The blades 16 are clamped in position by annular spacers 18 through which is threaded a spindle 19; the spindle 19 carries a mounting bush 20 and a lock nut and washer arrangement 21.

in order to spread the wear along the length of each blade l6, the blades are slowly reciprocated up and down using an eccentric and slide arrangement, for instance with a period of 20 to 40 seconds. To this end, a slide member 22 is fixed to the bush 20, and the bush 20 is in turn keyed or pinned to the rod 19; the slide member 22 slides in a slideway 23 shown dotted in FIG. 2, and in this way keeps the edges of the blade 16 at an attitude of about 45 to the film 1. An eccentric 24 is connected to the bush 20 by a connecting rod 25 in order to provide the reciprocating movement of the blade 16.

Suitable parameters for the apparatus are as follows:

1. Width at roll 2; 1100-2000 mm.

2. Width at rotary member 14; :50 percent of width at roll 2.

3. Drawing ratios, i.e. longitudinal and and lateral stretch in film in roll 2 and drawing ratio between the godet rolls 7, 9; discussed above.

4. Speed of filaments at rotary member 14; 220-440 in. per minute depending one type and variety of polymer.

5. Slitting width (distance between edges of adjacent blades 16); 0.8 mm. to 3 mm. or more.

6. Resultant width of filament at rotary member 14; 0.l6 mm. upwards or even less.

7. The maximum number of filaments depends on machine width, slitting width, and number of film layers slit simultaneously. Thus for a 2,000 mm. machine fed with double layer film and employing a cutting head with a cutter pitch of 1 mm, the maximum number of filaments would be about 4000, allowing marginal waste for the edge tapes.

8. Film gauges; 12 to 120 micron.

9. Warp lengths; 2,000 to 40,000 meters.

10. Barrel diameter of rotary member 14; 300 mm.

These parameters are only given by way of example. The apparatus illustrated could be used with different parameters.

The methods described in the following examples could be carried out on the apparatus shown, but Example 1 illustrates the invention whereas Example 2 does not.

xample 1 In accordance with the invention, cast polypropylene film is given a lateral stretch of 600 percent (7:1 drawing ratio) and a longitudinal stretch of 40 percent (1.4:l drawing ratio), the resulting stretched film weighing gms. per square meter. The stretched film is then slit to give a large number of filaments l.l mm. wide. The slit filaments are then given longitudinal stretch of 400 percent (5:l drawing ratio). The resulting filaments have a denier of 41 and a width of about 0.25 mm.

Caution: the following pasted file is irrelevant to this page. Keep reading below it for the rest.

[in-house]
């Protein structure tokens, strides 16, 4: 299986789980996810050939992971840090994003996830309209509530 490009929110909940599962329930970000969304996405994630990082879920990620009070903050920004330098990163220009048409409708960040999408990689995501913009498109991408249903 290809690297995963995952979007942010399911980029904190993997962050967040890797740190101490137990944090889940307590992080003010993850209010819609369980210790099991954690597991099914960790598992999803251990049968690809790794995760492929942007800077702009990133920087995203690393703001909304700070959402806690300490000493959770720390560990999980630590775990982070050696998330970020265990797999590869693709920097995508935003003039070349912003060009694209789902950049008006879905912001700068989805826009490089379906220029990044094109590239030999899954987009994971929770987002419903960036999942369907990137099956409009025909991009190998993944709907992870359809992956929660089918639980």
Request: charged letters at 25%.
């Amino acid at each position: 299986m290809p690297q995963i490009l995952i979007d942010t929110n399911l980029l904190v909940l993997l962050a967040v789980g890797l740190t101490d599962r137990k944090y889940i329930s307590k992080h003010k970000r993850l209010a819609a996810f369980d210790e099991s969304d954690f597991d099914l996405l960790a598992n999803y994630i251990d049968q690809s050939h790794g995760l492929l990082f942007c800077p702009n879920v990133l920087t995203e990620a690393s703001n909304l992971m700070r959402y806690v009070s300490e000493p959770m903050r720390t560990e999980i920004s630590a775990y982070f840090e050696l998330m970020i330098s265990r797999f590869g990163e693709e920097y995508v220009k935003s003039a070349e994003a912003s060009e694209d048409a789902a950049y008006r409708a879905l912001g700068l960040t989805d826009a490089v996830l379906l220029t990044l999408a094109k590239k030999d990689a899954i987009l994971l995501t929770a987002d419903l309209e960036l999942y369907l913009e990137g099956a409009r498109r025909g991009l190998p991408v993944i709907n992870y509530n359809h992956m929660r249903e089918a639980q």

Example 2 Cast polypropylene film weighing 75 gms. per square meter was slit to provide H mm. wide filaments. The filaments were given a longitudinal stretch of 500 percent (6:1 drawing ratio). The resulting filaments had a denier of 36 but a width of about 0.6 mm.

It can be seen from a comparison of Examples 1 and 2 that the filaments produced in accordance with the invention will have much finer appearance than those of Example 2, being more nearly square in cross section.

I claim:

1. A method of producing plastic filaments, comprising drawing plastic film laterally to impart a substantial lateral stretch thereto,

dividing said film longitudinally to provide a plurality of iongitudinally extending filaments, and

drawing said filaments longitudinally to impart a substantial longitudinal stretch thereto whilst achieving a substantially exaggerated lateral contraction thereof.

2. A method as claimed in claim 1, wherein said plastic is polypropylene, polyethylene, nylon or polyester.

3. A method as claimed in claim 1, wherein said film is drawn laterally to a drawing ratio of from 2:1 to 14: l.

4. A method as claimed in claim 1, wherein said film is polypropylene and is drawn laterally to a drawing ratio of about 7: l.

5. A method as claimed in claim 1, wherein said filaments are d rawn longitudinally to a drawing ratio of from 2: l to l4:l

6. A method as claimed in claim 1, wherein the total iongitudinal drawing ratio, both before and after dividing into filaments, is from 4:1 to 12:1.

7. A method as claimed in claim 1, wherein the total longitudinal drawing ratio, both before and after dividing into filaments, is approximately equal to the drawing ratio to which the film is drawn laterally before dividing it into filaments.

8. A method as claimed in claim 1, wherein a large number of said filaments are produced from said film by said dividing and are wound onto one or more rotary members after said longitudinal drawing, to form warp or yarn packages side by side on the or each rotary member.

9. Apparatus for producing filaments, including means for drawing plastic film laterally to impart a substantial lateral stretch thereto,

means for dividing said film longitudinally to provide a plurality of longitudinally extending filaments, and

means for drawing said filaments longitudinally to impart a substantial longitudinal stretch thereto whilst achieving a substantially exaggerated lateral contraction thereof.

l0. Apparatus as claimed in claim 9, and further comprising means for mounting one or more rotary members for winding on a large number of said longitudinally stretched filaments.

Referenced by
Citing PatentFiling datePublication dateApplicantTitle
US4060999 *Nov 5, 1974Dec 6, 1977Enterprise IncorporatedMethod and apparatus for forming yarn elements and producing products therefrom
US4415517 *Jul 31, 1981Nov 15, 1983Manville Service CorporationMethod and apparatus for shaping fiber mats
US5366804 *Mar 31, 1993Nov 22, 1994Basf CorporationComposite fiber and microfibers made therefrom
Classifications
U.S. Classification264/103, 264/290.2, 425/308, 264/290.5, 264/147, 264/160
International ClassificationD01D5/00, D01D5/42
Cooperative ClassificationD01D5/426
European ClassificationD01D5/42C